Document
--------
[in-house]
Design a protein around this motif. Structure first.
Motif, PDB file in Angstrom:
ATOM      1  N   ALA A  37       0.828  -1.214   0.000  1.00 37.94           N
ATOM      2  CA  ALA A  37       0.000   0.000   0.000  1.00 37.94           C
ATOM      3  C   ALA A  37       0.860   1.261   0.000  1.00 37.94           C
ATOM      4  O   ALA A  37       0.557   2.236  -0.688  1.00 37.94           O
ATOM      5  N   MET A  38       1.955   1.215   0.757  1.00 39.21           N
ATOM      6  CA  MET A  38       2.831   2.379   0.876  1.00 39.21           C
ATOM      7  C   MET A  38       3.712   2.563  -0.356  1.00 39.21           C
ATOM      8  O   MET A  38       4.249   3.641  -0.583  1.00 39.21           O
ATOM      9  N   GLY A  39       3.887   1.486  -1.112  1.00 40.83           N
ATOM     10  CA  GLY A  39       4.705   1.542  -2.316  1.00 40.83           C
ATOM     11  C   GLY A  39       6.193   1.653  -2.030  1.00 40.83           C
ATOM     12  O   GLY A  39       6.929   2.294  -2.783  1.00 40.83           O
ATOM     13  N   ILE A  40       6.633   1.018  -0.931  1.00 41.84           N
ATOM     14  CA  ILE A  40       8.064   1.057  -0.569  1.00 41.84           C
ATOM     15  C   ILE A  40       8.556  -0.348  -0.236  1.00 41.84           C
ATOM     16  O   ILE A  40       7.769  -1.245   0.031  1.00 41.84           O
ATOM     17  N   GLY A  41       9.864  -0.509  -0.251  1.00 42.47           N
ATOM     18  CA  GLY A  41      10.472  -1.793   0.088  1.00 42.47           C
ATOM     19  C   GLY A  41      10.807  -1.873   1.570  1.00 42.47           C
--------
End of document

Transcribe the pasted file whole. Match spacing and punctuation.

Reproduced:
[in-house]
Design a protein around this motif. Structure first.
Motif, PDB file in Angstrom:
ATOM      1  N   ALA A  37       0.828  -1.214   0.000  1.00 37.94           N
ATOM      2  CA  ALA A  37       0.000   0.000   0.000  1.00 37.94           C
ATOM      3  C   ALA A  37       0.860   1.261   0.000  1.00 37.94           C
ATOM      4  O   ALA A  37       0.557   2.236  -0.688  1.00 37.94           O
ATOM      5  N   MET A  38       1.955   1.215   0.757  1.00 39.21           N
ATOM      6  CA  MET A  38       2.831   2.379   0.876  1.00 39.21           C
ATOM      7  C   MET A  38       3.712   2.563  -0.356  1.00 39.21           C
ATOM      8  O   MET A  38       4.249   3.641  -0.583  1.00 39.21           O
ATOM      9  N   GLY A  39       3.887   1.486  -1.112  1.00 40.83           N
ATOM     10  CA  GLY A  39       4.705   1.542  -2.316  1.00 40.83           C
ATOM     11  C   GLY A  39       6.193   1.653  -2.030  1.00 40.83           C
ATOM     12  O   GLY A  39       6.929   2.294  -2.783  1.00 40.83           O
ATOM     13  N   ILE A  40       6.633   1.018  -0.931  1.00 41.84           N
ATOM     14  CA  ILE A  40       8.064   1.057  -0.569  1.00 41.84           C
ATOM     15  C   ILE A  40       8.556  -0.348  -0.236  1.00 41.84           C
ATOM     16  O   ILE A  40       7.769  -1.245   0.031  1.00 41.84           O
ATOM     17  N   GLY A  41       9.864  -0.509  -0.251  1.00 42.47           N
ATOM     18  CA  GLY A  41      10.472  -1.793   0.088  1.00 42.47           C
ATOM     19  C   GLY A  41      10.807  -1.873   1.570  1.00 42.47           C